Dallas safety Bill Bates walks in his sleep. He talks in his
sleep. He even tackles in his sleep. "Bill once tackled a chest
of drawers in the middle of the night," says his wife, Denise.
"When I tried to wake him, he literally tackled me." Not
surprisingly, none of Bates's Cowboy teammates will room with
him on the road.
This is an article from the Nov. 13, 1995 issue
But Bates has never sleepwalked on the gridiron. Thirteen years
deep into an NFL career that was not supposed to happen, the
too-slow, too-light long shot has endured with ferocious,
bone-rattling play. "I still get a big thrill out of making
clean hits," he says. "Nothing beats zeroing in on a punt
returner, catching him inside the 10 and putting him down."
Though his duties are now limited to special teams and the
middle linebacker's role in certain nickel packages, Bates's
intensity throttle is always wide open. He'll hit anybody. "Two
years ago Bill made a great tackle, ran to the sideline and
gashed my head by butting it with his helmet," says Dallas
special teams coach Joe Avezzano. "Bill is the most consistently
intense player I've been around."
Despite his zeal, Bates's spot on the Cowboy roster has been in
jeopardy ever since the reign of Hall of Fame coach Tom Landry
ended in 1989. The 6'1", 210-pound Bates has prolonged his stay
in Dallas by exuding a recklessness on coverage units unmatched
by his peers. He has finished first or second on the Cowboys in
special teams tackles five of the past six years. (The exception
was the 1992 season, when he tore the anterior cruciate ligament
in his left knee five games into the schedule.) Going into
Monday night's game against the Eagles, Bates was tied with
fullback David Lang for the team lead in special teams tackles
this year. "Bill is the best special teams player I've ever
seen," says New England linebacker Steve DeOssie, a former
long-snapper for the Cowboys and the Giants. "He has more
intensity, more intelligence and more awareness than anyone else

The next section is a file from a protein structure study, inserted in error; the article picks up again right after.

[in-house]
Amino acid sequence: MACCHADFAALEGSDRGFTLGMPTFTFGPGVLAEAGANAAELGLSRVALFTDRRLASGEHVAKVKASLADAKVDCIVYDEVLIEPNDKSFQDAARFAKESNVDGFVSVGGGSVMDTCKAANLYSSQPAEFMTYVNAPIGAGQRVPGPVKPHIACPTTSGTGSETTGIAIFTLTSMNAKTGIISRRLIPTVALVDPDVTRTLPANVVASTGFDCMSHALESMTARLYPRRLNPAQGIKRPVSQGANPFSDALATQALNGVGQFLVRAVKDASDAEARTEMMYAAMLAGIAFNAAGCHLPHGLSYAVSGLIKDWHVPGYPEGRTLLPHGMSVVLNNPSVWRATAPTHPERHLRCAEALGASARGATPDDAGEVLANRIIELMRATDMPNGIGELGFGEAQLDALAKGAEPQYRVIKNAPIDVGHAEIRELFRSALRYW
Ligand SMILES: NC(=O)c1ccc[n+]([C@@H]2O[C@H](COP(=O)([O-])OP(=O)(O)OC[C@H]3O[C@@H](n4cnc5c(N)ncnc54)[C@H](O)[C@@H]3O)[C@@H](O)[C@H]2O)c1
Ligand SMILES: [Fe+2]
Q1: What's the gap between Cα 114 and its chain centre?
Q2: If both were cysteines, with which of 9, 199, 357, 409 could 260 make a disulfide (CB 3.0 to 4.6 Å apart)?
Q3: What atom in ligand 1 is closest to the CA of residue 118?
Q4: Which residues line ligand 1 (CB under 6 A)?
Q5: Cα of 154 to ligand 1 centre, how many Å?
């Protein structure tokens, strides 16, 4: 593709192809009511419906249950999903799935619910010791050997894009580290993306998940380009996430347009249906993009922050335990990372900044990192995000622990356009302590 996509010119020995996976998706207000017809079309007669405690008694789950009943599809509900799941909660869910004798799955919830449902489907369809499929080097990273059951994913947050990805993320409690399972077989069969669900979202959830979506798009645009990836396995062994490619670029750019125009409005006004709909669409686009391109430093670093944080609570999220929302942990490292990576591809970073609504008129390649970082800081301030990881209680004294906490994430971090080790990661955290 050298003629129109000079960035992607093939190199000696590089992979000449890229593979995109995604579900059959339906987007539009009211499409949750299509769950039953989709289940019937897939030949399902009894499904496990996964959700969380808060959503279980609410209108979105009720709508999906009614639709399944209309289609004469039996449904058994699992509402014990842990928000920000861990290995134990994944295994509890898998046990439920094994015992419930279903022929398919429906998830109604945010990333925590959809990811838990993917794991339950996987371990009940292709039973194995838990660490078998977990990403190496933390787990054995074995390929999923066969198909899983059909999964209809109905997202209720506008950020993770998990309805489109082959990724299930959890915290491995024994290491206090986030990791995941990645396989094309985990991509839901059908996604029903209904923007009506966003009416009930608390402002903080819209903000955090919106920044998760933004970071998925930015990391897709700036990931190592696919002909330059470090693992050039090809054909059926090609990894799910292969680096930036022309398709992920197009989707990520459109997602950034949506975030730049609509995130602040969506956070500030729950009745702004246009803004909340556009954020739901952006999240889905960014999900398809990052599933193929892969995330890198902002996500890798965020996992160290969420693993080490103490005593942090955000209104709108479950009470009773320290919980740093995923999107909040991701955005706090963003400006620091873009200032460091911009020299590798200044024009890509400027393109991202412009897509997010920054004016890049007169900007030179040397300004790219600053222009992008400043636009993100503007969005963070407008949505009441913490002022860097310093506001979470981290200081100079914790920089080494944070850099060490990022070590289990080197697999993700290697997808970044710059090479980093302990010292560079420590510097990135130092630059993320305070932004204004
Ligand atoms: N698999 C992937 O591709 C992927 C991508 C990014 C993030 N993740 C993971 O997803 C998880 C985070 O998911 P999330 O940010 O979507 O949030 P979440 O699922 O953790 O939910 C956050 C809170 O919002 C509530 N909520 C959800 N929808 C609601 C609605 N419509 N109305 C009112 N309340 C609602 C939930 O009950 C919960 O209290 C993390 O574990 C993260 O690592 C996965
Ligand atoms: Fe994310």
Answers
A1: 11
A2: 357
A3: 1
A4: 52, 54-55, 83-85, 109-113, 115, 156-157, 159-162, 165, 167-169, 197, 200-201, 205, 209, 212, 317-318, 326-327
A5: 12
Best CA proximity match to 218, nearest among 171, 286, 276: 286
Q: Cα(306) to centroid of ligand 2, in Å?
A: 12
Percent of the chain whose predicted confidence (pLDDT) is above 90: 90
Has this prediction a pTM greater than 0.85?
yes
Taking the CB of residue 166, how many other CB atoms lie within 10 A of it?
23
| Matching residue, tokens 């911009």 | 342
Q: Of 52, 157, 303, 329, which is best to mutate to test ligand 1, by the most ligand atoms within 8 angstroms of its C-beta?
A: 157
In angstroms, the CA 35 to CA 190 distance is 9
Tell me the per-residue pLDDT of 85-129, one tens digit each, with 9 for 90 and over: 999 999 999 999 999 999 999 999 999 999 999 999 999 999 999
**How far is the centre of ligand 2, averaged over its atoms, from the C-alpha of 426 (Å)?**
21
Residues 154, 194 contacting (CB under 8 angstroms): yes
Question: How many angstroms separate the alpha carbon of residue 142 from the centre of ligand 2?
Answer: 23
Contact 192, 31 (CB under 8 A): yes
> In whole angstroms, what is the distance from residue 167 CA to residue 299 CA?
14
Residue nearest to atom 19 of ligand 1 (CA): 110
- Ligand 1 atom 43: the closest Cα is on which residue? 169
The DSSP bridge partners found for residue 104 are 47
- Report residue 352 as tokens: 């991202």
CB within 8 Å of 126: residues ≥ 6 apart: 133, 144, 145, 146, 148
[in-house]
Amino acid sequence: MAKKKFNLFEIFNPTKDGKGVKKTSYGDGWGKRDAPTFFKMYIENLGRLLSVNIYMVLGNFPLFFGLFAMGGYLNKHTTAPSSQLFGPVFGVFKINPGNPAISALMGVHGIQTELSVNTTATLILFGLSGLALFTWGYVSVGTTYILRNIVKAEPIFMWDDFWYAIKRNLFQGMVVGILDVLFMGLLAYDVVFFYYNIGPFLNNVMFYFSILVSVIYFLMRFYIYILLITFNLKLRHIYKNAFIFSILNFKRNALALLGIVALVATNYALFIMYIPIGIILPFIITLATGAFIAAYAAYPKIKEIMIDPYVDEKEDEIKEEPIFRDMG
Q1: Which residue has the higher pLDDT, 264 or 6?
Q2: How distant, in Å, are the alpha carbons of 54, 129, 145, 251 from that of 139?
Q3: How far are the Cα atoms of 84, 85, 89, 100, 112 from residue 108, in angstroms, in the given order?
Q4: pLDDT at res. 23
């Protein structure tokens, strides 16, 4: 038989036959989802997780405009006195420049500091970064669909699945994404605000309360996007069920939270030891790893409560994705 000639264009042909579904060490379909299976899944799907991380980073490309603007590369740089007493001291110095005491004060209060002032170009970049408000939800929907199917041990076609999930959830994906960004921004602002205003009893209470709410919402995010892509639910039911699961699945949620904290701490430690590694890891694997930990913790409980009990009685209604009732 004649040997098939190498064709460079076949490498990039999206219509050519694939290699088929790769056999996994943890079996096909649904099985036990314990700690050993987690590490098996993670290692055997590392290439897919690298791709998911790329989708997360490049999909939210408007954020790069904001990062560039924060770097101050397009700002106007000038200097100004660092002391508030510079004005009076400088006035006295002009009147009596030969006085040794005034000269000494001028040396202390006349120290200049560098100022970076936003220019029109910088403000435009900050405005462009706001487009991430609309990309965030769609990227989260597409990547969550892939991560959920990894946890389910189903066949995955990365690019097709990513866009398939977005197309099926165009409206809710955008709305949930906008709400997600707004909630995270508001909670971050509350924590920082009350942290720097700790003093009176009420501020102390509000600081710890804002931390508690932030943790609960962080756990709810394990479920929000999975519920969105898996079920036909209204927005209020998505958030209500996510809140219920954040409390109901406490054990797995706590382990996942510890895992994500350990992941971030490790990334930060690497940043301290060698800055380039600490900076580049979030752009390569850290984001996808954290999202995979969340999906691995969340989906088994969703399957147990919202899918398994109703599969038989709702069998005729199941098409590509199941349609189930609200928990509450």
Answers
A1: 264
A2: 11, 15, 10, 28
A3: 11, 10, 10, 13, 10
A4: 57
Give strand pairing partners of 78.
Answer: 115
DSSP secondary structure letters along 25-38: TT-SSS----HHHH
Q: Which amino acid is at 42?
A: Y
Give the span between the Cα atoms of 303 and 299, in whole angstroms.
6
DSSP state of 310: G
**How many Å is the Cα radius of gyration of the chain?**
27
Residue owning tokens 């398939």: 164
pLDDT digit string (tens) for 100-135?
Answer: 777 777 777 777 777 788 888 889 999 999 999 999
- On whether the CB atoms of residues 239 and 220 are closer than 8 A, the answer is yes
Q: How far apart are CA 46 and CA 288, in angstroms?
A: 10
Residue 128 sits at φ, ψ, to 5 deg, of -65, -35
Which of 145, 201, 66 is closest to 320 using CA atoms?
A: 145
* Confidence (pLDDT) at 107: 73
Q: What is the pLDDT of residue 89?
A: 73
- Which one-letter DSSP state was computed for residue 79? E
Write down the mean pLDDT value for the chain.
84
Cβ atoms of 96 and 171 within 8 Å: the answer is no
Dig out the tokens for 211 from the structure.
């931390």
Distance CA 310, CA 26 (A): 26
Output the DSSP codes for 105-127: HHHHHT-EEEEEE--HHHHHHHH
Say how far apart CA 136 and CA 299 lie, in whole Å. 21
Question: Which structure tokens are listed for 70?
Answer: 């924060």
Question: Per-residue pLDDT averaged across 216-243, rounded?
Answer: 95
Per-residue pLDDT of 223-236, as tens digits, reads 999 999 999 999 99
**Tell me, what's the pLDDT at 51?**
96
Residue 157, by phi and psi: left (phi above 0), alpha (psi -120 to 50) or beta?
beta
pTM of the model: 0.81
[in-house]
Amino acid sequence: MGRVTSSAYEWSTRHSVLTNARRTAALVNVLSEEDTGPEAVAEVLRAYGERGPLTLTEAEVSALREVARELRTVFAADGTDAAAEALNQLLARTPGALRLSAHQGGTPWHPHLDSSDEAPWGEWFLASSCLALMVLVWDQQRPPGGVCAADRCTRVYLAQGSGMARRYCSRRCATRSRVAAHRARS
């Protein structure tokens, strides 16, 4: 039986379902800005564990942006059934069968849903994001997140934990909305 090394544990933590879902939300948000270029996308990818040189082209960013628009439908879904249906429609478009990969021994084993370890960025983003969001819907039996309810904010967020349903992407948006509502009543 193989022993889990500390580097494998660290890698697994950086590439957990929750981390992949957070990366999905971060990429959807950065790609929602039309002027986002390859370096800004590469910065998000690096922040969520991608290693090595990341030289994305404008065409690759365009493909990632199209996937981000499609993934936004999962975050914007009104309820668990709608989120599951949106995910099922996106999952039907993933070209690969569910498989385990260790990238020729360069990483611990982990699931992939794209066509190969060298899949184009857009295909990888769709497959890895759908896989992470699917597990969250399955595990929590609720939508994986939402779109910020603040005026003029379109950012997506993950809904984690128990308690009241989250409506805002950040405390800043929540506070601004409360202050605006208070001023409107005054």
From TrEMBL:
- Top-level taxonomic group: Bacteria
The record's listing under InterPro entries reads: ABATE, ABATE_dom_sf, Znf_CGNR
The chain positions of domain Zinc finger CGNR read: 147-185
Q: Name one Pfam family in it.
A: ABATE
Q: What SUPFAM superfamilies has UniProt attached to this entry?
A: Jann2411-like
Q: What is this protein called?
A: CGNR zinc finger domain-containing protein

on the field. And he has more athletic ability than he gets
Cheerful, attentive, absurdly easy to talk to, Bates shows
enormous emotional generosity off the field: He's a big
supporter of the United Way, the March of Dimes and the Special
Olympics. "Bill does have a dark side," confides Denise. "He
doesn't put the cap back on the toothpaste. And he dips. I don't
ride him too much about it as long as he keeps his spittoon out
of the bedroom."
The Bateses met 13 years ago as seniors at Tennessee. "It was
one of those disgusting football player-cheerleader
relationships," says Denise. The couple married in June 1985,
and by the beginning of the '88 season Denise was expecting.
Bill remembers accompanying his wife to her obstetrician's
office. He remembers a sonographer pointing to a screen and
announcing, "There's your baby!" He remembers squeezing Denise's
hand and hearing her doctor exclaim, "Well, look at that! Your
baby has company. It appears to be twins!" And he remembers the
doctor saying, "I now see Baby A and Baby B joined by Baby C!
You two are going to have triplets!" Then his memory gets a
It's Denise who remembers Bill screaming, "Turn off that machine
before you find another one in there!" The triplets--Graham,
Brianna and Hunter--were born in May '89 (baby brother Tanner
arrived on the scene in February 1991, and littlest brother
Dillon was born in July).
As the end of his football career approaches, Bates has become
something of an entrepreneur. Four years ago Bates purchased a
386-acre dude ranch a half hour outside of Dallas in McKinney,
Texas. Thousands of Cowboy fans gather there for team pep